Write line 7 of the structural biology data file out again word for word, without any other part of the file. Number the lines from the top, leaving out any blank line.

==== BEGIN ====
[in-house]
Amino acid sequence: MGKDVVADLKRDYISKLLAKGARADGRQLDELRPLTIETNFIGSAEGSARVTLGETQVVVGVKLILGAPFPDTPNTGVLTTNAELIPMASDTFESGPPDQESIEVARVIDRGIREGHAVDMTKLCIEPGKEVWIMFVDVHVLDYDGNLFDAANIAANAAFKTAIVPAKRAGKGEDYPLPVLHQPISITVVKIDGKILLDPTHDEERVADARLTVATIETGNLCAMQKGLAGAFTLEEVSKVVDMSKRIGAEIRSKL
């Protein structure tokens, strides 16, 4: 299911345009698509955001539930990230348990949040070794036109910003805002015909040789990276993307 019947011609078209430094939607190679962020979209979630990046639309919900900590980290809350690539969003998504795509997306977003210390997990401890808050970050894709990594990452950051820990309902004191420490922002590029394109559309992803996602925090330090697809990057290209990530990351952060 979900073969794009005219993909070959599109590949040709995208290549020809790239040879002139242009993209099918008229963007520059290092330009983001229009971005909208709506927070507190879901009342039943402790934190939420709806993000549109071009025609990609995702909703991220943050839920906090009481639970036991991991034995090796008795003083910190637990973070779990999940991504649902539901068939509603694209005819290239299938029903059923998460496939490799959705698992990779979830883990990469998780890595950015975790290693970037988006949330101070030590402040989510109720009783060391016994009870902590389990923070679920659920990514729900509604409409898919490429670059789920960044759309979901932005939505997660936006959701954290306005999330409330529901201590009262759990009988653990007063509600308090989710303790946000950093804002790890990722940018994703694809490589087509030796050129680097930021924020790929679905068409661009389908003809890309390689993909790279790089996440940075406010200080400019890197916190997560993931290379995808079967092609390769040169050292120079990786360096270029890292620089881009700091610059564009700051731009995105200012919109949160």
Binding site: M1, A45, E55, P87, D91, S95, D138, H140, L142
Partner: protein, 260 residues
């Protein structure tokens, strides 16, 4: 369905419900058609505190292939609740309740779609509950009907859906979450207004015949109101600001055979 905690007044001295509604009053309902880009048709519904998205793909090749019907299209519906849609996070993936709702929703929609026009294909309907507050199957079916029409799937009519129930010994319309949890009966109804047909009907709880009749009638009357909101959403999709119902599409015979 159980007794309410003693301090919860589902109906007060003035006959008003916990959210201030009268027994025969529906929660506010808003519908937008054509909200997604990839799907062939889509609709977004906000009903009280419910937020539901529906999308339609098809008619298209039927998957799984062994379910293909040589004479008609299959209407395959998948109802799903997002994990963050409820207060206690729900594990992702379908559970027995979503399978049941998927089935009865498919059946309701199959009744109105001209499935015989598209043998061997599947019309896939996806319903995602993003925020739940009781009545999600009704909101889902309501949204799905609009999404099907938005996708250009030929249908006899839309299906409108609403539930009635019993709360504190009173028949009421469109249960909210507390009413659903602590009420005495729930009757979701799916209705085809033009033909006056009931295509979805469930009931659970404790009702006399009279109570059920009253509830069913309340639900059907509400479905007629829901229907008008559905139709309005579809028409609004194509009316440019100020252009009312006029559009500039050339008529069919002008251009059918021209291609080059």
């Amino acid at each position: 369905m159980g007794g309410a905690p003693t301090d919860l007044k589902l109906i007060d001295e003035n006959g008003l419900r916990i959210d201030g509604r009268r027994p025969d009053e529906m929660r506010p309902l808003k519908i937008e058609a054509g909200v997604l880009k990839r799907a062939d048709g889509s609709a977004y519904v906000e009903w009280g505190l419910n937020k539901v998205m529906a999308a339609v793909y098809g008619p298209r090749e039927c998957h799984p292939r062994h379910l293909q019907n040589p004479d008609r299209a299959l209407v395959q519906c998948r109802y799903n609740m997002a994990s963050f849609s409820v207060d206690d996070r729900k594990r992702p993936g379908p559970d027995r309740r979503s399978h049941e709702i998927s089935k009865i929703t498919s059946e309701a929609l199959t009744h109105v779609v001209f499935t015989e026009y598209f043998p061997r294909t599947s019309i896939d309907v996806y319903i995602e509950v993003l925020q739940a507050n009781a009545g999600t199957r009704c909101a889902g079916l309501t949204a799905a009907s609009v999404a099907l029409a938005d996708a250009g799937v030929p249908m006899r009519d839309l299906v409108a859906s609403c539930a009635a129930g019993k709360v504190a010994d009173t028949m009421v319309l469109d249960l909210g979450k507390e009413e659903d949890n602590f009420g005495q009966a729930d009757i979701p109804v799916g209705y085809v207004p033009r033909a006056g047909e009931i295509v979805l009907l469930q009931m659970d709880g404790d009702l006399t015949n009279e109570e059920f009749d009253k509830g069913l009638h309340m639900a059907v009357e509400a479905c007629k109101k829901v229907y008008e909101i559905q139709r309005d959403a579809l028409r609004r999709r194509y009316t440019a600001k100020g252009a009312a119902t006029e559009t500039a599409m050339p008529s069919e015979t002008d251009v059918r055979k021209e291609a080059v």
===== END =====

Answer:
């Amino acid at each position: 369905m159980g007794g309410a905690p003693t301090d919860l007044k589902l109906i007060d001295e003035n006959g008003l419900r916990i959210d201030g509604r009268r027994p025969d009053e529906m929660r506010p309902l808003k519908i937008e058609a054509g909200v997604l880009k990839r799907a062939d048709g889509s609709a977004y519904v906000e009903w009280g505190l419910n937020k539901v998205m529906a999308a339609v793909y098809g008619p298209r090749e039927c998957h799984p292939r062994h379910l293909q019907n040589p004479d008609r299209a299959l209407v395959q519906c998948r109802y799903n609740m997002a994990s963050f849609s409820v207060d206690d996070r729900k594990r992702p993936g379908p559970d027995r309740r979503s399978h049941e709702i998927s089935k009865i929703t498919s059946e309701a929609l199959t009744h109105v779609v001209f499935t015989e026009y598209f043998p061997r294909t599947s019309i896939d309907v996806y319903i995602e509950v993003l925020q739940a507050n009781a009545g999600t199957r009704c909101a889902g079916l309501t949204a799905a009907s609009v999404a099907l029409a938005d996708a250009g799937v030929p249908m006899r009519d839309l299906v409108a859906s609403c539930a009635a129930g019993k709360v504190a010994d009173t028949m009421v319309l469109d249960l909210g979450k507390e009413e659903d949890n602590f009420g005495q009966a729930d009757i979701p109804v799916g209705y085809v207004p033009r033909a006056g047909e009931i295509v979805l009907l469930q009931m659970d709880g404790d009702l006399t015949n009279e109570e059920f009749d009253k509830g069913l009638h309340m639900a059907v009357e509400a479905c007629k109101k829901v229907y008008e909101i559905q139709r309005d959403a579809l028409r609004r999709r194509y009316t440019a600001k100020g252009a009312a119902t006029e559009t500039a599409m050339p008529s069919e015979t002008d251009v059918r055979k021209e291609a080059v």